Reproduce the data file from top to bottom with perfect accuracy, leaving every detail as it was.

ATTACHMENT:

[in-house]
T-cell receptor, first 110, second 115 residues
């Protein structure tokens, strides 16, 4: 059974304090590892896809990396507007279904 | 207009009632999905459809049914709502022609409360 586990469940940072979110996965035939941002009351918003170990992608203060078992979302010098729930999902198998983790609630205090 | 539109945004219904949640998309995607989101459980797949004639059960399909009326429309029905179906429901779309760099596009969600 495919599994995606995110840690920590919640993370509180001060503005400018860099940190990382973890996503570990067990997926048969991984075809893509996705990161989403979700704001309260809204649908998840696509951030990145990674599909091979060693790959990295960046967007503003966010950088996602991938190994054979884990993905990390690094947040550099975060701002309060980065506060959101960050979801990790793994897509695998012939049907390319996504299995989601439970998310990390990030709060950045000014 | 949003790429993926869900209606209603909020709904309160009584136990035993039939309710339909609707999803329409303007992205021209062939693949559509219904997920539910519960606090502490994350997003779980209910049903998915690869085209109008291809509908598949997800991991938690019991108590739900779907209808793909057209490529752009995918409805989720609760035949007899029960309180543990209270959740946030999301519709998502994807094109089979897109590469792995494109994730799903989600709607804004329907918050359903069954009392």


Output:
[in-house]
T-cell receptor, first 110, second 115 residues
């Protein structure tokens, strides 16, 4: 059974304090590892896809990396507007279904 | 207009009632999905459809049914709502022609409360 586990469940940072979110996965035939941002009351918003170990992608203060078992979302010098729930999902198998983790609630205090 | 539109945004219904949640998309995607989101459980797949004639059960399909009326429309029905179906429901779309760099596009969600 495919599994995606995110840690920590919640993370509180001060503005400018860099940190990382973890996503570990067990997926048969991984075809893509996705990161989403979700704001309260809204649908998840696509951030990145990674599909091979060693790959990295960046967007503003966010950088996602991938190994054979884990993905990390690094947040550099975060701002309060980065506060959101960050979801990790793994897509695998012939049907390319996504299995989601439970998310990390990030709060950045000014 | 949003790429993926869900209606209603909020709904309160009584136990035993039939309710339909609707999803329409303007992205021209062939693949559509219904997920539910519960606090502490994350997003779980209910049903998915690869085209109008291809509908598949997800991991938690019991108590739900779907209808793909057209490529752009995918409805989720609760035949007899029960309180543990209270959740946030999301519709998502994807094109089979897109590469792995494109994730799903989600709607804004329907918050359903069954009392």